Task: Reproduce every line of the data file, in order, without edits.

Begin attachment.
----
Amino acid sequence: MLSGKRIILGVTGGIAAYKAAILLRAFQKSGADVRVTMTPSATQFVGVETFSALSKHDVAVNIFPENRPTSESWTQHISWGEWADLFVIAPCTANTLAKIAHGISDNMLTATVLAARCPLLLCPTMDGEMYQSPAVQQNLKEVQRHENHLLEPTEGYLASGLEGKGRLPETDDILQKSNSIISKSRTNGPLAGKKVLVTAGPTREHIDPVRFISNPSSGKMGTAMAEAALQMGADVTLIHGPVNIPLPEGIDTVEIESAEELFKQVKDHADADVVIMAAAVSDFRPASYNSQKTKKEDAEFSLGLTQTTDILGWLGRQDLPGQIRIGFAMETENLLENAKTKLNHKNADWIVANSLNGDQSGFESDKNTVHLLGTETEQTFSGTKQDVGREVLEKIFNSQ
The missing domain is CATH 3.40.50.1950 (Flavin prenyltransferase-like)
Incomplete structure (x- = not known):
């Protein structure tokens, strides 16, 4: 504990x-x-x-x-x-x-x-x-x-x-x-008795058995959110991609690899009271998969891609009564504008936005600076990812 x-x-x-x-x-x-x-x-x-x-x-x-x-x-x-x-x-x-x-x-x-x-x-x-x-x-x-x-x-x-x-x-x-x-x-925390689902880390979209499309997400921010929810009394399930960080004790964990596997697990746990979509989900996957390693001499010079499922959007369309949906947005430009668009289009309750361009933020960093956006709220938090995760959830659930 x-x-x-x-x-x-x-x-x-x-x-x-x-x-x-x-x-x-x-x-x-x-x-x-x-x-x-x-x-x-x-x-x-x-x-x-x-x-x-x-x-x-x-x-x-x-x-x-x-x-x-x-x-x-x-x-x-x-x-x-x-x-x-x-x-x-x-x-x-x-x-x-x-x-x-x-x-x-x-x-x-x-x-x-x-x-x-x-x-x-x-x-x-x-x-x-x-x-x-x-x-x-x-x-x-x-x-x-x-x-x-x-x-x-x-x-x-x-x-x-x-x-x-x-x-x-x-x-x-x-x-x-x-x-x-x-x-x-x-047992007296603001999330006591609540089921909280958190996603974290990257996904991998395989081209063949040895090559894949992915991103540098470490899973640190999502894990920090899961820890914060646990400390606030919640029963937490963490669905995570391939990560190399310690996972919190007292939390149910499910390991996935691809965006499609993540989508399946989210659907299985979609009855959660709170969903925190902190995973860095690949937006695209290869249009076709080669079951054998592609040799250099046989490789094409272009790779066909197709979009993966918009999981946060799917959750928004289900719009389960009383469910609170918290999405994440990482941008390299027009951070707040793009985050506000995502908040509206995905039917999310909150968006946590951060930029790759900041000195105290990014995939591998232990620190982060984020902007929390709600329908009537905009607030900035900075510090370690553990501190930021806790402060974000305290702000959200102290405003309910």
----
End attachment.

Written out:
Amino acid sequence: MLSGKRIILGVTGGIAAYKAAILLRAFQKSGADVRVTMTPSATQFVGVETFSALSKHDVAVNIFPENRPTSESWTQHISWGEWADLFVIAPCTANTLAKIAHGISDNMLTATVLAARCPLLLCPTMDGEMYQSPAVQQNLKEVQRHENHLLEPTEGYLASGLEGKGRLPETDDILQKSNSIISKSRTNGPLAGKKVLVTAGPTREHIDPVRFISNPSSGKMGTAMAEAALQMGADVTLIHGPVNIPLPEGIDTVEIESAEELFKQVKDHADADVVIMAAAVSDFRPASYNSQKTKKEDAEFSLGLTQTTDILGWLGRQDLPGQIRIGFAMETENLLENAKTKLNHKNADWIVANSLNGDQSGFESDKNTVHLLGTETEQTFSGTKQDVGREVLEKIFNSQ
The missing domain is CATH 3.40.50.1950 (Flavin prenyltransferase-like)
Incomplete structure (x- = not known):
């Protein structure tokens, strides 16, 4: 504990x-x-x-x-x-x-x-x-x-x-x-008795058995959110991609690899009271998969891609009564504008936005600076990812 x-x-x-x-x-x-x-x-x-x-x-x-x-x-x-x-x-x-x-x-x-x-x-x-x-x-x-x-x-x-x-x-x-x-x-925390689902880390979209499309997400921010929810009394399930960080004790964990596997697990746990979509989900996957390693001499010079499922959007369309949906947005430009668009289009309750361009933020960093956006709220938090995760959830659930 x-x-x-x-x-x-x-x-x-x-x-x-x-x-x-x-x-x-x-x-x-x-x-x-x-x-x-x-x-x-x-x-x-x-x-x-x-x-x-x-x-x-x-x-x-x-x-x-x-x-x-x-x-x-x-x-x-x-x-x-x-x-x-x-x-x-x-x-x-x-x-x-x-x-x-x-x-x-x-x-x-x-x-x-x-x-x-x-x-x-x-x-x-x-x-x-x-x-x-x-x-x-x-x-x-x-x-x-x-x-x-x-x-x-x-x-x-x-x-x-x-x-x-x-x-x-x-x-x-x-x-x-x-x-x-x-x-x-x-047992007296603001999330006591609540089921909280958190996603974290990257996904991998395989081209063949040895090559894949992915991103540098470490899973640190999502894990920090899961820890914060646990400390606030919640029963937490963490669905995570391939990560190399310690996972919190007292939390149910499910390991996935691809965006499609993540989508399946989210659907299985979609009855959660709170969903925190902190995973860095690949937006695209290869249009076709080669079951054998592609040799250099046989490789094409272009790779066909197709979009993966918009999981946060799917959750928004289900719009389960009383469910609170918290999405994440990482941008390299027009951070707040793009985050506000995502908040509206995905039917999310909150968006946590951060930029790759900041000195105290990014995939591998232990620190982060984020902007929390709600329908009537905009607030900035900075510090370690553990501190930021806790402060974000305290702000959200102290405003309910």